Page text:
Honda S2000 Review
Naming a sports car an "S2000" was not an auspicious start for Honda's open-top pocket rocket. It probably sounded way cool at the time, but it's SO four years ago. And yet the little roadster still has its supporters. Earlier this year, Car and Driver magazine included the Honda in their "10 Best Cars", calling it "pure and involving". Me, I call it old and aggravating.
To be sure, the S2000 looks the biz. While I preferred the original car's angular front, Honda's designers nailed the basic shape. It's aggressive, in an elegantly restrained sort of way. In the right color, in the right light, the S2000 sings a siren song to lure even the most Euro-centric enthusiast into its cabin. And then… Cue the Psycho shower scene violins. My God, is the S2000's cockpit a nasty place to spend your time. I'm not against– nor a stranger to– cheap and cheerful car interiors. The S2000 is neither. Admission starts at $32k, and the cockpit is an ergonomic and aesthetic disaster zone.
The S2000's cabin is small in every conceivable direction. Pop the top and you trade one problem for another; the metal roof catches rattle incessantly, just inches behind your head. That's after you press the starter button– on a four-cylinder engine? If only the rest of the switchgear lived up to the supercar pretensions. The S2000's rotary dials and cheap plastic switches wouldn't seem out of place in a '78 Toyota Corolla.
The sound system is particularly lame. Buyers intent on stunting and flossing, or determined to listen to a CD at highway speeds, will note that the S2000's four-speaker ICE has all the fidelity and bass response of a shower radio. Sensibly enough, Honda decided to hide the head unit behind a piece of metal effect plastic (a substance about as convincing as wood-grained polymer). Why they decided to mount a duplicate set of audio controls on the dash is anybody's guess– unless most Honda drivers are left-handed.
OK, so, here's the perceived wisdom on the S2000: its motorcycle-derived VTEC (Valve Timing and lift Electronic Control) technology creates a dual personality two-seater. Keep the revs low, and you can trundle around town like a myopic Accord driver. Blast the 2157cc engine to its 8000rpms redline, and look out Dale Earnhardt Jr., here I come! The Honda's zero to sixty sprint time of 5.4 seconds seems to confirm the theory.
The reality is more complex. It's certainly true that there's not a lot going on below 3000rpms. In fact, there's nothing going on below 3000rpms. If you don't mind driving down the mean streets of your local metropolis in an accelerative dead zone, then fine, it's a wonderful city car. On the other hand, there's a brief bit of well-mannered urge sheltering between 3 – 5000rpms. Keep the S2000's engine on the boil in that narrow power band and you can make perfectly placid progress, with a pleasant oomph aftertaste.
Above 5000rpms, well, that's a different story. I suppose the general idea is to hang on until 5850rpms, when the high-lift long duration cams come on song, then cane it to the 8000rpm redline. Two problems. One, the S2000's engine note lacks character, texture or tonality. And what it lacks it aural appeal, it makes up for with sheer volume. I reckon only a stone deaf driver could withstand the brutal din coming from the S2000's engine at full chat. North Korea uses less effective torture devices. Two, we're not talking about a nitrous-injection power boost. The additional hearing damage yields roughly 10% more go. So why bother? Shift at five and change and you're straight back into the meat of the powerband. Excluding a reverse gear that likes to play hide-and-seek, the S2000's six-speed gearbox offers nothing but quick slick shifts. So you can continue forward thrust without delay or diminution or waking every baby within two miles of your dual exhausts.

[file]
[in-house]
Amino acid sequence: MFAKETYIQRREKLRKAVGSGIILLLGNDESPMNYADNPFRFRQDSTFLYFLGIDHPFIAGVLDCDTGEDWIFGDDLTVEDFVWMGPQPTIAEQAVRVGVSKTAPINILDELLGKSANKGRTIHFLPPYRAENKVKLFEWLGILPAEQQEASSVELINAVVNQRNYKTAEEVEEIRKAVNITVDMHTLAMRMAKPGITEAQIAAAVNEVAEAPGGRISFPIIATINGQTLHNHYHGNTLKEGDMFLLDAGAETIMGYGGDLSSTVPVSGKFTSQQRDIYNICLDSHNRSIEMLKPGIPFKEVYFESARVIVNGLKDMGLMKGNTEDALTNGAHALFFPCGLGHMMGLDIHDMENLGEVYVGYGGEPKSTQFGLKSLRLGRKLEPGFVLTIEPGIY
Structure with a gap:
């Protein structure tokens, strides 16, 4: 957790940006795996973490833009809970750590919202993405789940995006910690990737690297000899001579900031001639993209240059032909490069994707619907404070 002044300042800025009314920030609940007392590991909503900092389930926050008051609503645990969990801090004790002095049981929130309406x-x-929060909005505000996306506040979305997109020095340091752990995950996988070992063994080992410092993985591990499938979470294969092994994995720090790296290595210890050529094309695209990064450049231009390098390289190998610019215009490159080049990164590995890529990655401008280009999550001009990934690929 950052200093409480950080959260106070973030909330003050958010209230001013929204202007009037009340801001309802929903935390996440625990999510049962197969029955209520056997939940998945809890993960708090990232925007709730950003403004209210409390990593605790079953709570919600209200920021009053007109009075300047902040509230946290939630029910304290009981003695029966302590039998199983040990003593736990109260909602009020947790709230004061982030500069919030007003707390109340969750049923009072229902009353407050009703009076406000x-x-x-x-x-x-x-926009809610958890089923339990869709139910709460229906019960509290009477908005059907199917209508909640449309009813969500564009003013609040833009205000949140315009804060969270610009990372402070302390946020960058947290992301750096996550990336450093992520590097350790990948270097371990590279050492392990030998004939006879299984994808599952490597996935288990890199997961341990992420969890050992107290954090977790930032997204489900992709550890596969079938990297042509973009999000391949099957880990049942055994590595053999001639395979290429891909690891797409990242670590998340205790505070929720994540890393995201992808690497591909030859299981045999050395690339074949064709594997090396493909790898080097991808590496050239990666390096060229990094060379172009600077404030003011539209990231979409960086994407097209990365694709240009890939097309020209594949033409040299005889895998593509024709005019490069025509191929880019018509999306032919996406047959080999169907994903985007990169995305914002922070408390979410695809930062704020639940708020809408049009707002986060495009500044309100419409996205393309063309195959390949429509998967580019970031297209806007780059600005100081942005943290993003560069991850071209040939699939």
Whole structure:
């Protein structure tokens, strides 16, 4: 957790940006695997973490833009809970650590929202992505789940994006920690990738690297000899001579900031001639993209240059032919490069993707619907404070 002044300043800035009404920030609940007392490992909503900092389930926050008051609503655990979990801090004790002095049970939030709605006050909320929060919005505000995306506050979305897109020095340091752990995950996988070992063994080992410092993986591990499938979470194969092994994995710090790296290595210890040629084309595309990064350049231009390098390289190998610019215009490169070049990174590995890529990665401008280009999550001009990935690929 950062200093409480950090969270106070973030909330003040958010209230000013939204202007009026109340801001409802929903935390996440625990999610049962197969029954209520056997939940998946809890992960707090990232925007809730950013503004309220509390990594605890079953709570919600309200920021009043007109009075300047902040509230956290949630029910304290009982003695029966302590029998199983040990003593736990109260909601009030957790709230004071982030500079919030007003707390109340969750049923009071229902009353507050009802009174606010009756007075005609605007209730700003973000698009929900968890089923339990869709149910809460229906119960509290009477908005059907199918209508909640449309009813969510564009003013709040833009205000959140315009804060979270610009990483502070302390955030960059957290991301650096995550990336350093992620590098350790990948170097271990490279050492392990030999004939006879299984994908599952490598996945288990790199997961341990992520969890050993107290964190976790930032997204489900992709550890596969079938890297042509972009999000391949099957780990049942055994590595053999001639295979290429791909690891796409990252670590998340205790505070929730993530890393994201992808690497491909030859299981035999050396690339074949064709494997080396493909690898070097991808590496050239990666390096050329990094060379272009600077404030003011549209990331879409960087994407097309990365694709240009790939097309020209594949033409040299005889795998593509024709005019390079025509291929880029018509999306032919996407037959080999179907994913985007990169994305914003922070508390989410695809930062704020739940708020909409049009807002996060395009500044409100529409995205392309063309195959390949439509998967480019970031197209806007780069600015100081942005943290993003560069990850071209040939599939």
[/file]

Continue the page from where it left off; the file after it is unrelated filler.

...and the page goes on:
Anyway, no matter how you generate your speed, the S2000 rewards your efforts. The RWD roadster is 'front mid-engined' with a compact double wishbone suspension and 16" Bridgestones. It corners with minimal body roll, prodigious grip and tremendous feedback. Aided by an electrically-assisted rack-and-pinion steering system, the S2000 slices through corners with consummate ease, flick flacking like a sports bike. The previous model's tendency to swap ends in extreme situations has been replaced with at-the-limit understeer. Which is just as well, considering how easy it is to approach those limits.
If Honda upgraded the S2000's cabin and sonically tuned the engine, the Nipponese convertible would be an irresistible alternative to its newer, fresher challengers. As it is, the S2000 is a great car that constantly screams for forgiveness.
Latest Car ReviewsRead more
Latest Product ReviewsRead more
- Statikboy Those tires are the Wrong Size.
- Mustangfast I had an 06 V6 and loved that car. 230k trouble free miles until I sold it. I remember they were criticized for being too small vs competitors but as a single guy it was the right size for me. I recall the 2.3 didn’t have a reputation for reliability, unlike the V6 and I4. I think it likely didn’t take off due to the manual-only spec, price tag, and power vs the V6 engine and the way it delivered that power. It was always fun to see the difference between these and normal ones, since these were made in Japan whereas all others were flat rock
- VoGhost Earth is healing.
- ToolGuy "Having our 4th baby and decided a camper van is a better use of our resources than my tuner."Seller is in the midst of some interesting life choices.Bonus: Here are the individuals responsible for doing the work on this vehicle.
- MaintenanceCosts Previous owner playing engineer by randomly substituting a bunch of components, then finding out. No thanks.